Rambus Beats Hynix in Memory Patent Battle

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Anyone following the technology industry doesn’t need to be told that patent litigation is often a long-running, byzantine affair that only gets more confusing the more it’s examined. Case in point: memory developer Rambus has just been awarded supplemental damages in its patent infringement case against Hynix. Although Rambus’s request for injunctive relief was denied by the U.S. District Court for the Northern District of California—which would have kept Hynix from shipping products using Rambus technologies—Hynix is being forced to execute a mandatory license for nine Rambus patents found to be used in Hynix SDRAM products. Hynix will be required to pay Rambus a one percent royalty on SDR DRAM products and a 4.35 percent royalty on DDR SDRAM products sold in the United States going all the way back to January 1, 2006. These royalties are on top of $133 million in damages already levied against Hynix for patent infringement up through December 31, 2005.

“We are pleased with the Court’s order of supplemental damages,” said Rambus general counsel Tom Lavelle, in a statement. “We believe any compulsory license between the two parties must fairly compensate Rambus for Hynix’s ongoing use of our patented inventions.”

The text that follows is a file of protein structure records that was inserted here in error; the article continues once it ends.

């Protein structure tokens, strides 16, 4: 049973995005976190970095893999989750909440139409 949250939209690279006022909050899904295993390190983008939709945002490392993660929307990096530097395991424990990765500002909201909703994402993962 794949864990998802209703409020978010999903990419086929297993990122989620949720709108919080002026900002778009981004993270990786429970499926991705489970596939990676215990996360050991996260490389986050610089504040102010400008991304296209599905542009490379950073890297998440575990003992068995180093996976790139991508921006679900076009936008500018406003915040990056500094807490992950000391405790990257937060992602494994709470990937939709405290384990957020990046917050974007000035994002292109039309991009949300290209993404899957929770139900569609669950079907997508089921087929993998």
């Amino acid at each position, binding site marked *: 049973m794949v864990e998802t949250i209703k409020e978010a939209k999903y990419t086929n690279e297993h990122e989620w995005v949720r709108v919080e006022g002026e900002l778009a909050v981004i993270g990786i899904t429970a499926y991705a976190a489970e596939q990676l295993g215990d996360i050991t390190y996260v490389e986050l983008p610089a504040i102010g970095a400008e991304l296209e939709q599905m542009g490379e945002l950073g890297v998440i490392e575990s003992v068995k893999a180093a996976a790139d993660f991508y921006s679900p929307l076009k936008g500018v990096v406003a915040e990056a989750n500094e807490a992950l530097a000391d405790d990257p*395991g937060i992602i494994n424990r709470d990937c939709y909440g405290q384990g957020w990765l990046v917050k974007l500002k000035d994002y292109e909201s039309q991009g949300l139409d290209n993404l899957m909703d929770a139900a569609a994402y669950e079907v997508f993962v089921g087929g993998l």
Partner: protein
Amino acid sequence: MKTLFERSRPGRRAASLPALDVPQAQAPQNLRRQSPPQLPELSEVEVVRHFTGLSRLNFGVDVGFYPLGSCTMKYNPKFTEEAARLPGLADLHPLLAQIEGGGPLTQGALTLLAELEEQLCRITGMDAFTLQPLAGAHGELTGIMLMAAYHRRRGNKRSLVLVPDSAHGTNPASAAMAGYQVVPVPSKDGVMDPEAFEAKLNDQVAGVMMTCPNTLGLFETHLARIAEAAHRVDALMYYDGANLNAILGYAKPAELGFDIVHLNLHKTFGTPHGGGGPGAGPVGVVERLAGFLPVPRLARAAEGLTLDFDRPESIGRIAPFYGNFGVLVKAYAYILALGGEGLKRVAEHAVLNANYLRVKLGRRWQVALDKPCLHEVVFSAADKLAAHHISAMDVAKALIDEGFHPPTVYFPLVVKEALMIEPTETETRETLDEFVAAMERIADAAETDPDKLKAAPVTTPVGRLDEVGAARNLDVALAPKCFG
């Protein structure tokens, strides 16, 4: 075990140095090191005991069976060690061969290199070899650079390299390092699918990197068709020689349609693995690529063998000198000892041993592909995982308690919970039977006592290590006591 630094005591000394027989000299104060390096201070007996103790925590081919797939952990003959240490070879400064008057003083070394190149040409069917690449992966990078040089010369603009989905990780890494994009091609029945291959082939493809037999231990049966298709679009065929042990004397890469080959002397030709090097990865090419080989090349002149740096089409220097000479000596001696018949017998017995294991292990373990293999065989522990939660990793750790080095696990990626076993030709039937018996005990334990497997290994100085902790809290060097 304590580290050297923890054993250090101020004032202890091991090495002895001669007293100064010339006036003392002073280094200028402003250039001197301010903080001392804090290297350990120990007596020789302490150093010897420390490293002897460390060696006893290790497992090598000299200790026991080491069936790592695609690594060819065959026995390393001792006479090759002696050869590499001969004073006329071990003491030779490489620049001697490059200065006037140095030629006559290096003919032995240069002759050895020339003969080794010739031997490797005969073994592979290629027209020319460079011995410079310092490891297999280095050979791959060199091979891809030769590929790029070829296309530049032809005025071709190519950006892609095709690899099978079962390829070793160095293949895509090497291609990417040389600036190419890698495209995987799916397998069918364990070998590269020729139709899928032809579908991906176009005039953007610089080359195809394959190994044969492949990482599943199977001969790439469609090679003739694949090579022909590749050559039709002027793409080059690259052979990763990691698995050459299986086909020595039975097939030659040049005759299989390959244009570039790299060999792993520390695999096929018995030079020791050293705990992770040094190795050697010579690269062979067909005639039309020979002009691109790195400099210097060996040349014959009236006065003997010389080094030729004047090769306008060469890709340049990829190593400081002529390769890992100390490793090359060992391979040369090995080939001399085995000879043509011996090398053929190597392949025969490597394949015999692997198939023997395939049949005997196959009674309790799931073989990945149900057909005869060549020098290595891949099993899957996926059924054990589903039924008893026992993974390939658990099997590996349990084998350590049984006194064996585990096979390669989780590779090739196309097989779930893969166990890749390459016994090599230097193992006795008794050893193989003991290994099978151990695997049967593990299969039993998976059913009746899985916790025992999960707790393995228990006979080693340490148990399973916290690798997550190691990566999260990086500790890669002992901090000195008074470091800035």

The infringement case goes all the way back to August 2000—and Hynix originally sued Rambus, not the other way around. The case was split into three parts, and Rambus also pursued infringemet claims against other memory manufacturers. So far, Rambus is three-for-three against Hynix, but its legal efforts against other manufacturers have proven less effective: in a ruling that at first glance seems wholly at odds with the Northern California District Court, a Delaware court recently ruled a dozen Rambus patents were unenforceable against Micron due to misconduct at Rambus, including destruction of email and and documents which would have been pertinent to patent litigation.

However, Rambus also got out from under the federal government’s thumb today: the U.S. Supreme Court has declined to hear the Federal Trade Commission’s appeal in its suit against Rambus that alleged the company used “deceptive conduct” in promoting its patented technologies to a standards-setting group. Rambus’s technology was integrated into the standard; government agencies and others alleged Rambus then attempted to unfairly collect extravagant royalties.

Rambus still has litigation pending with Hynix, Nvidia, Samsung, and Nanya.


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